Instead, you can just share it.
Owning a car is an expensive proposition, but Chinese automaker Geely wants to make it more affordable for the masses. You may not recognize the name 'Geely,' but the company currently owns a few familiar brands sold here in the US, including Lotus, Polestar, and Volvo. Of Geely's non-US brands, Lynk & Co is the most intriguing having ecently revealed a concept car called the Zero, which previews a futuristic Tesla Model Y fighter. Now, the Chinese automaker just showed off a production car that is coming to Europe.
It's called the Lynk & Co 01, and it's based on the same Compact Modular Architecture used by the Volvo XC40. In fact, the 01 was developed in Gothenburg, Sweden, at the shared Geely and Volvo research and innovation center. There's almost no chance the 01 will come to the US, but it still looks pretty exciting, and it comes with a unique sales model.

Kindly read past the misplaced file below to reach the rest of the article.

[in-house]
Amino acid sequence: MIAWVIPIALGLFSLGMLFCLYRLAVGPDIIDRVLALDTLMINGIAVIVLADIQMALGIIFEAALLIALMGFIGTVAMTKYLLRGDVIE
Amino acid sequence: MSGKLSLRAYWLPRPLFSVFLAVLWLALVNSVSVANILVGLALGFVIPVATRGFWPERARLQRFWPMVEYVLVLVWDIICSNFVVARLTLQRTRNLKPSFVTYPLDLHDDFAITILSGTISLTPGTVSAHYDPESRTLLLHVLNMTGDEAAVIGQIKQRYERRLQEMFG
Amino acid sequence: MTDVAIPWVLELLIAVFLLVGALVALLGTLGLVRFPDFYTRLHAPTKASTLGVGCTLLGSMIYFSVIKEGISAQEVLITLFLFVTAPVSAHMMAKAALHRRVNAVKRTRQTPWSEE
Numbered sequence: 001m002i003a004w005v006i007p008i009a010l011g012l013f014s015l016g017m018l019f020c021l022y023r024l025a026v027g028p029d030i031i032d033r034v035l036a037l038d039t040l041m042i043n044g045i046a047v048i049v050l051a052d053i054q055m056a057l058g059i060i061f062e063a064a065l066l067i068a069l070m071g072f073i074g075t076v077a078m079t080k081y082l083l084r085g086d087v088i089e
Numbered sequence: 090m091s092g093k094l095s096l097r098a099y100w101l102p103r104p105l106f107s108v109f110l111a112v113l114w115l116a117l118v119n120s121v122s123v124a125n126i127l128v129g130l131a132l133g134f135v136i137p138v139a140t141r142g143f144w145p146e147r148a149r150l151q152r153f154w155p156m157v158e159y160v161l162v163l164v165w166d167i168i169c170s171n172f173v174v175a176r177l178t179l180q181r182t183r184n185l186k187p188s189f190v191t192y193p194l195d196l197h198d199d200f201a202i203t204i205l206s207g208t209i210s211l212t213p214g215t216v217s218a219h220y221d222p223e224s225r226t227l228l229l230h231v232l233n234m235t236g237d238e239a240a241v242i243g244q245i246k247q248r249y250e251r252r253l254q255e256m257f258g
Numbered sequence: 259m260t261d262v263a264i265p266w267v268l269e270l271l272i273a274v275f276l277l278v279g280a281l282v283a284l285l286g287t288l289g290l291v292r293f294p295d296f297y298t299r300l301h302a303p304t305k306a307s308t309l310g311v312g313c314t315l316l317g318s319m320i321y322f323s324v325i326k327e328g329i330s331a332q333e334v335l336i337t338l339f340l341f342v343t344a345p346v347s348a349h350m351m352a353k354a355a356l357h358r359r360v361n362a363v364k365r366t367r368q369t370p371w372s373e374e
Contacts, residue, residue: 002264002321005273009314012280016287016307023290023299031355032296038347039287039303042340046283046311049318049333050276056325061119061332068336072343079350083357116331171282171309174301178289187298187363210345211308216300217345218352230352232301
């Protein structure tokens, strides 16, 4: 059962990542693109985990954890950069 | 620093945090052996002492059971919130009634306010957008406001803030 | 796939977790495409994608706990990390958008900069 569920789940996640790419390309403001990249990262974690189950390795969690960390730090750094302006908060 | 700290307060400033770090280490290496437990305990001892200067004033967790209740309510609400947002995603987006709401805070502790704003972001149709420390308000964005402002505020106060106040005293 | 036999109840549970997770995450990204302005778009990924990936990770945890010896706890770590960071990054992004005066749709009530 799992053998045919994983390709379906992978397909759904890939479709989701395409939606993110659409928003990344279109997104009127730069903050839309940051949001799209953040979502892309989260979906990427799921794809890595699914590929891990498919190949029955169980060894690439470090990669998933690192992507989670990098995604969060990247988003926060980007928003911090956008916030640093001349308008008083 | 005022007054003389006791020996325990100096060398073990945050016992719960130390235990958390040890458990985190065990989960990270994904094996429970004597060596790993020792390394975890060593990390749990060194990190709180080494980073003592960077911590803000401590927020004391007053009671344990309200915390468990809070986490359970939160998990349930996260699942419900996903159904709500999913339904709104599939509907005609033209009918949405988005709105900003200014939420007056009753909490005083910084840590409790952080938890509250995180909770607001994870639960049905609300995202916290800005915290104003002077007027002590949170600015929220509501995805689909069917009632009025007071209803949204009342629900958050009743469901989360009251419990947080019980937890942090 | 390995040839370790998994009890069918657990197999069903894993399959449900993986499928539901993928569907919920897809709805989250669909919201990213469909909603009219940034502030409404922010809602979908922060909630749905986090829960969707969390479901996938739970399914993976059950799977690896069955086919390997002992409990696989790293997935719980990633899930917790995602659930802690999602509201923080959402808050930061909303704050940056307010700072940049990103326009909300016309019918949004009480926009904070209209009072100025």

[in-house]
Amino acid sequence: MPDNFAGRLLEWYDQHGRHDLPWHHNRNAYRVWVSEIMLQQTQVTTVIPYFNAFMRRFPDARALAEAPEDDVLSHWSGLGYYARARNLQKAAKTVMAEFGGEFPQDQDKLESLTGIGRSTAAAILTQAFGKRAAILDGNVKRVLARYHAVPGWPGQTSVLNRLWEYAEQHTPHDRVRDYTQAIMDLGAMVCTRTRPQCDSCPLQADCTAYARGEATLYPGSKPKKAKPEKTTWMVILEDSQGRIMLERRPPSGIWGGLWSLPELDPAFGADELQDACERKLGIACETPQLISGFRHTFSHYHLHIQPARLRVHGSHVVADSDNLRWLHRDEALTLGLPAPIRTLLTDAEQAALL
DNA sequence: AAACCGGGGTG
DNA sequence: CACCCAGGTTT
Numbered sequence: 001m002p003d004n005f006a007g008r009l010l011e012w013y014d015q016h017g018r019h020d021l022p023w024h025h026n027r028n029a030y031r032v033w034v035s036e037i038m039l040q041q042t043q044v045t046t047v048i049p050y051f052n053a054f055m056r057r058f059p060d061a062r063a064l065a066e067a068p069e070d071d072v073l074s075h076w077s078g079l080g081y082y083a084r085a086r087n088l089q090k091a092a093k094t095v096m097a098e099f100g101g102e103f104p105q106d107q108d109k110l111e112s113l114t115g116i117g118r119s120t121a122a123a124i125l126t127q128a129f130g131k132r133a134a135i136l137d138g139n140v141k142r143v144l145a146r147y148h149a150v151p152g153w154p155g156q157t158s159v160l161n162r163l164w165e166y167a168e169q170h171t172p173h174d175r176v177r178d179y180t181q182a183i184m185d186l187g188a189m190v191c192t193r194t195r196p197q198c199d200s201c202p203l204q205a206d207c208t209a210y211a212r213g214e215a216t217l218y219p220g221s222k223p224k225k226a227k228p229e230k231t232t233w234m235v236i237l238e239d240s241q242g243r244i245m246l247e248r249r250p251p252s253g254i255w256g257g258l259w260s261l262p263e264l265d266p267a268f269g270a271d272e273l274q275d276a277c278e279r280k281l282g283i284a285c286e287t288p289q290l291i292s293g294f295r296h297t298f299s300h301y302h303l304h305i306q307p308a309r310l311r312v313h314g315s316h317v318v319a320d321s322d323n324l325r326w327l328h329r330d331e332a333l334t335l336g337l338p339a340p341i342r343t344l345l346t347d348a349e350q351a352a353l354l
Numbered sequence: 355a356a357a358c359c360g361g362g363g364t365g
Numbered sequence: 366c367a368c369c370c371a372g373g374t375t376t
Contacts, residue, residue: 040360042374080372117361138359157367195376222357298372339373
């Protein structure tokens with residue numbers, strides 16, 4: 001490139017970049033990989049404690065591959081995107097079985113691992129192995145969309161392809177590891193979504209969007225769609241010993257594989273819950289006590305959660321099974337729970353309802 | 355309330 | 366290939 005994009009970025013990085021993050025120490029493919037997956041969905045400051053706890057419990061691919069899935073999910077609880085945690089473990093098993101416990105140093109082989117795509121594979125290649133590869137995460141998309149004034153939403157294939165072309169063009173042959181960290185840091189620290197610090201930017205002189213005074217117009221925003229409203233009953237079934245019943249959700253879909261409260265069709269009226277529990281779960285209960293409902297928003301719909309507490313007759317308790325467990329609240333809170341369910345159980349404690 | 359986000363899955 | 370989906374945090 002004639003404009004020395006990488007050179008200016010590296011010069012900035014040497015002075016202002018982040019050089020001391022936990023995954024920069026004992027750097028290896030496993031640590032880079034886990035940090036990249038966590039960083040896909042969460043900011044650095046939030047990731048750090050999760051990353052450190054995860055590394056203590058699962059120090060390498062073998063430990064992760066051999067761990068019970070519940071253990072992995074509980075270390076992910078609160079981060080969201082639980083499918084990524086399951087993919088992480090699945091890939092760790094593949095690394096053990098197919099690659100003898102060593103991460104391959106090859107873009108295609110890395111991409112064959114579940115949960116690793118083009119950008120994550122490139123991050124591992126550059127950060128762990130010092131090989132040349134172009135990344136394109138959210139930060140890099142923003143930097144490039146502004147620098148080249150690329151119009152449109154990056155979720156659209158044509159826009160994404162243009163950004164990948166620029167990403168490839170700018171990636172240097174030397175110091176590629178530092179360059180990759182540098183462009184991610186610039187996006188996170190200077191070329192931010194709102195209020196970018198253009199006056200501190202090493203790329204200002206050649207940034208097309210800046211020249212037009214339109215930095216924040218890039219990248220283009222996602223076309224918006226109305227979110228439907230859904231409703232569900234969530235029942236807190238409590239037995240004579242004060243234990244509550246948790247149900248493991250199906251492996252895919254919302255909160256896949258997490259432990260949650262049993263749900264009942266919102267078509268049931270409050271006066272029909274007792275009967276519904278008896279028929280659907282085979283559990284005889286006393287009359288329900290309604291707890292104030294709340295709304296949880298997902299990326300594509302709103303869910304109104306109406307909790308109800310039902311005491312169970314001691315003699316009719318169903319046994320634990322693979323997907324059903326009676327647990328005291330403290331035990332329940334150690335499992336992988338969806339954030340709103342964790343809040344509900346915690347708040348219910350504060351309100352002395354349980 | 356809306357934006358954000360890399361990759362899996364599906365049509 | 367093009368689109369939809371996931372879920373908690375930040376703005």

Lynk & Co believes that trim levels and option packages are "pointlessly complex," so it built the 01 with an "everything extra comes standard" philosophy. Buyers only need to specify the color of black or blue and choose a hybrid (HEV) or plug-in hybrid (PHEV) drivetrain. Both drivetrains use a 1.5-liter turbocharged three-cylinder engine, sending power to the front through a seven-speed dual-clutch transmission.
The HEV version produces a total of 197 horsepower and 215 lb-ft of torque, while the PHEV makes 261 hp and 265 lb-ft of torque. The PHEV drivetrain also benefits from an electric driving range of around 43 miles. No matter which drivetrain you choose, the 01 comes well-equipped with a large central touchscreen, online navigation, third-party apps, a social media camera, and its own cloud.
Instead of buying the 01, Lynk & Co wants you to join its mobility membership. A month-to-month membership with a car costs up to €500 (around $586) per month and includes insurance and scheduled maintenance. Members can lower their costs by sharing the car with other people; should you rarely need a car, you pay only when you borrow one.
It's essentially ride sharing, like Uber or Lyft, but you share a community car rather than getting a ride in someone else's. The average vehicle remains parked 96% of the time, so systems like this one make sense to lessen the number of cars on the road. Such an idea probably wouldn't fly in the US, but it seems like a great option in Europe.
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